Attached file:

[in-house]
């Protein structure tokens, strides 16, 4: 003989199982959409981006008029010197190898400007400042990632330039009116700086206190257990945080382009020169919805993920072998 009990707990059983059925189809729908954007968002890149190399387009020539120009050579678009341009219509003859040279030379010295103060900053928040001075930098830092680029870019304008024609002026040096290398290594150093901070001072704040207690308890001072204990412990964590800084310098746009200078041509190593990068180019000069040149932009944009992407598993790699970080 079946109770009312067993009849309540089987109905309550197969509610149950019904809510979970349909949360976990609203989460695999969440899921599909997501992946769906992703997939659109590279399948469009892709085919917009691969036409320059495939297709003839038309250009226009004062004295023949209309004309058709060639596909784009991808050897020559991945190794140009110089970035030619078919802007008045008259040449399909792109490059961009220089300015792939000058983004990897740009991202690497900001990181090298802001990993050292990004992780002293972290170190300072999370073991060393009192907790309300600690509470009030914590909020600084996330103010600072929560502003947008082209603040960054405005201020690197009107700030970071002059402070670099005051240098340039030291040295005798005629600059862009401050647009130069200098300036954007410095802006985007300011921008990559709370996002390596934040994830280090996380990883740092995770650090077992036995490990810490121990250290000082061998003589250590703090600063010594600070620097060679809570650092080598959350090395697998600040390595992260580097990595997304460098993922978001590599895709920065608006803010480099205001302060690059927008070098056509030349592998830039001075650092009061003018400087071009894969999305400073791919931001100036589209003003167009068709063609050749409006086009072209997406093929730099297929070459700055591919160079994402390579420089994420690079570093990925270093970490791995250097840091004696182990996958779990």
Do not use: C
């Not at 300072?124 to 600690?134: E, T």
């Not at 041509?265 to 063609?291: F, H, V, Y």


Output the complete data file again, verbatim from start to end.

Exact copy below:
[in-house]
């Protein structure tokens, strides 16, 4: 003989199982959409981006008029010197190898400007400042990632330039009116700086206190257990945080382009020169919805993920072998 009990707990059983059925189809729908954007968002890149190399387009020539120009050579678009341009219509003859040279030379010295103060900053928040001075930098830092680029870019304008024609002026040096290398290594150093901070001072704040207690308890001072204990412990964590800084310098746009200078041509190593990068180019000069040149932009944009992407598993790699970080 079946109770009312067993009849309540089987109905309550197969509610149950019904809510979970349909949360976990609203989460695999969440899921599909997501992946769906992703997939659109590279399948469009892709085919917009691969036409320059495939297709003839038309250009226009004062004295023949209309004309058709060639596909784009991808050897020559991945190794140009110089970035030619078919802007008045008259040449399909792109490059961009220089300015792939000058983004990897740009991202690497900001990181090298802001990993050292990004992780002293972290170190300072999370073991060393009192907790309300600690509470009030914590909020600084996330103010600072929560502003947008082209603040960054405005201020690197009107700030970071002059402070670099005051240098340039030291040295005798005629600059862009401050647009130069200098300036954007410095802006985007300011921008990559709370996002390596934040994830280090996380990883740092995770650090077992036995490990810490121990250290000082061998003589250590703090600063010594600070620097060679809570650092080598959350090395697998600040390595992260580097990595997304460098993922978001590599895709920065608006803010480099205001302060690059927008070098056509030349592998830039001075650092009061003018400087071009894969999305400073791919931001100036589209003003167009068709063609050749409006086009072209997406093929730099297929070459700055591919160079994402390579420089994420690079570093990925270093970490791995250097840091004696182990996958779990």
Do not use: C
């Not at 300072?124 to 600690?134: E, T």
């Not at 041509?265 to 063609?291: F, H, V, Y």